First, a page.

Doctorly Thoughts On End-Of-Life Decisions / York, PA

MP900448701“Why do doctors continue to provide high-intensity care for terminal patients but may personally forgo such care themselves at the end of life?”

Planning for your own end-of-life care can be an extremely difficult thing, but it is also a necessary act of bravery. Making the choices behind your living will and advanced medical directives is just this sort of an ugly imperative.

How do other people make their end-of-life decisions? Everyone varies medically, intellectually and culturally. In addition, there are some important religious questions that may come into play. In can be very helpful to learn from the practices of others, too.

A very important perspective to consider may well be doctors themselves. According to a recent post in the New Old Age Blog of The New York Times, there is a bit of a consensus among those who wear the white lab coats.

The original post is titled “Do Not Resuscitate: What Young Doctors Would Choose” and, indeed, a Stanford study found that 88.3% of young doctors are inclined to advanced medical directives and specifically to elect a do-not-resuscitate or “no code” status if they were in a terminally ill status.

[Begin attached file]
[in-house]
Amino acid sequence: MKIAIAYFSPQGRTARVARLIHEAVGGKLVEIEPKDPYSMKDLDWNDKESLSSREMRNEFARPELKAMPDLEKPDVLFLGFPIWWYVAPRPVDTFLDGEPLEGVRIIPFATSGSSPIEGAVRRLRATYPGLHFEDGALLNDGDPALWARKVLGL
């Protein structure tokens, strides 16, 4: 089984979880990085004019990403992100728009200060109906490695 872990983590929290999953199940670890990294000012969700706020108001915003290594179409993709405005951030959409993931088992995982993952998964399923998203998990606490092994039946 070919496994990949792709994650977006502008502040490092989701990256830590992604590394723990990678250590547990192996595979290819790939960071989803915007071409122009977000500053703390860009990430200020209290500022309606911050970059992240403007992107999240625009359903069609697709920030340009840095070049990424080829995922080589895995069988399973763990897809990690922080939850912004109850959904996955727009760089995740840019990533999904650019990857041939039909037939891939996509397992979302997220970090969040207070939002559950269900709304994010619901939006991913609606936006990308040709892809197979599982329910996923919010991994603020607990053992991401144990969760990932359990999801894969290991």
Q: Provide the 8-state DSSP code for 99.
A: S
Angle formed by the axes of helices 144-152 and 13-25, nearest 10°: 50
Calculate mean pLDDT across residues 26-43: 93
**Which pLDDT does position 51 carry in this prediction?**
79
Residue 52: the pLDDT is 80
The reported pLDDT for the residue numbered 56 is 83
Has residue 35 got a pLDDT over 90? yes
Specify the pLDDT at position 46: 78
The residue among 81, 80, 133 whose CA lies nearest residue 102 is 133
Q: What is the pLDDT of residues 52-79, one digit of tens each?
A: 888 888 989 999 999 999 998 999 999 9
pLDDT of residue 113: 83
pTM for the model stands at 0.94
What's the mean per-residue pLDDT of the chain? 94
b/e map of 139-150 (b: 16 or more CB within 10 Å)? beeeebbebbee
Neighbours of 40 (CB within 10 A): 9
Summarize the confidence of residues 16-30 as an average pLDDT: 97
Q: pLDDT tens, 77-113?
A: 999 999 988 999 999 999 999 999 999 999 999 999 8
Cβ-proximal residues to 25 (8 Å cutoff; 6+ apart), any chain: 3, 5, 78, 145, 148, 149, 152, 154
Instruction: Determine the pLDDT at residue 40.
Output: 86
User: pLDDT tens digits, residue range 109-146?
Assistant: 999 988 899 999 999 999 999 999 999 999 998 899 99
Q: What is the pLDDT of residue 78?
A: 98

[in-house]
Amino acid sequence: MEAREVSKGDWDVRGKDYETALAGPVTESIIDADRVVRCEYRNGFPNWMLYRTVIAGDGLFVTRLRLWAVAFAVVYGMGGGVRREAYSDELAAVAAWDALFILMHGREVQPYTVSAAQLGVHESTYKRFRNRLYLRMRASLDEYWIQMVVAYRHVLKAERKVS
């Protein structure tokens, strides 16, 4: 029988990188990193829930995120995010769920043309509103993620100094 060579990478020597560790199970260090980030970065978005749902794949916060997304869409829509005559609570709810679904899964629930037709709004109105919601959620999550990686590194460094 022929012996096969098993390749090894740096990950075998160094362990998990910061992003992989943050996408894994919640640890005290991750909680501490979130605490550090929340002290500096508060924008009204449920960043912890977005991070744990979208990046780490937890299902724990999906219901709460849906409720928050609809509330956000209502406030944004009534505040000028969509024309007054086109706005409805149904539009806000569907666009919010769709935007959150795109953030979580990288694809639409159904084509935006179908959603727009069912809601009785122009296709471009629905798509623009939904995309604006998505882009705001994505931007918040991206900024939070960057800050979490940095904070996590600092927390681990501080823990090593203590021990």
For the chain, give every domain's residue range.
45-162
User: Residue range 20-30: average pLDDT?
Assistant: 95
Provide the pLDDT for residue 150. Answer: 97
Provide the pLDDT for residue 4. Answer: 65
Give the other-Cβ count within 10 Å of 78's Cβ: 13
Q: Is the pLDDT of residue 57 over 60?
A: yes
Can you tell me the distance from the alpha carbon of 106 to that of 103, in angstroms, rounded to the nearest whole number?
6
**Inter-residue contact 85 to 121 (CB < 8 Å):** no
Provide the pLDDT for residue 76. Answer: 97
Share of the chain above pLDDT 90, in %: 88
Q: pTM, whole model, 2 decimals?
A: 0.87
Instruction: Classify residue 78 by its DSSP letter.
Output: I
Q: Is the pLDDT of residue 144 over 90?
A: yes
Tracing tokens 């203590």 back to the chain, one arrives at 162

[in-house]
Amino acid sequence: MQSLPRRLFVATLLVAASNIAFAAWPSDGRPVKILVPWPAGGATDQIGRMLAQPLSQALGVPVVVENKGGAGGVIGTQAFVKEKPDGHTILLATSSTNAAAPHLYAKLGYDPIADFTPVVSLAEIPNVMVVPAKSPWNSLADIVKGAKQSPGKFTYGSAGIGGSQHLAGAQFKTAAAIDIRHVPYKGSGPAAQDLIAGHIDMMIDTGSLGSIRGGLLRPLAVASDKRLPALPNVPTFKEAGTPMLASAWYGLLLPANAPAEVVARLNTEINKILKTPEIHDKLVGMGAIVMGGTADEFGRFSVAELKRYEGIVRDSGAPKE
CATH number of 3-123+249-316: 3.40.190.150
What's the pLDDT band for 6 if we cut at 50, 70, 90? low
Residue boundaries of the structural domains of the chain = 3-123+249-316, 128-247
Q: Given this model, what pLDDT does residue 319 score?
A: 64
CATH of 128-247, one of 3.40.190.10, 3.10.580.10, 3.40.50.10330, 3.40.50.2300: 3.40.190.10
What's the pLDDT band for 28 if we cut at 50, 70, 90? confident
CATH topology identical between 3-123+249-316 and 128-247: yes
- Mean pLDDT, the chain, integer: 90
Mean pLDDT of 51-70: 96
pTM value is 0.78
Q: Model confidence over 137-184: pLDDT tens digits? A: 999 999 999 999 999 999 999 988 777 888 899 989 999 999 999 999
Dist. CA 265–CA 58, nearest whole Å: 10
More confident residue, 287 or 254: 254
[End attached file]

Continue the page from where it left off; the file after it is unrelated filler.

There is a great deal of thought and doctorly experience that goes into these attitudes, as the post and underlying study go on to parse out. How about you? Do you agree? Do you specifically disagree?

That’s actually the point: when it comes to your directives, your vantage point is the one that must be expressed or else doctors will be forced to act in ways you might not have otherwise chosen. Plan for yourself and for your loved ones by putting these plans down and in writing. Advanced medical directives are just one element of the plan, but they are an important piece to build into your overall life plan.

For more information about end-of-life decisions, please visit my estate planning website.

Reference: The New York Times (May 20, 2014) “Do Not Resuscitate: What Young Doctors Would Choose

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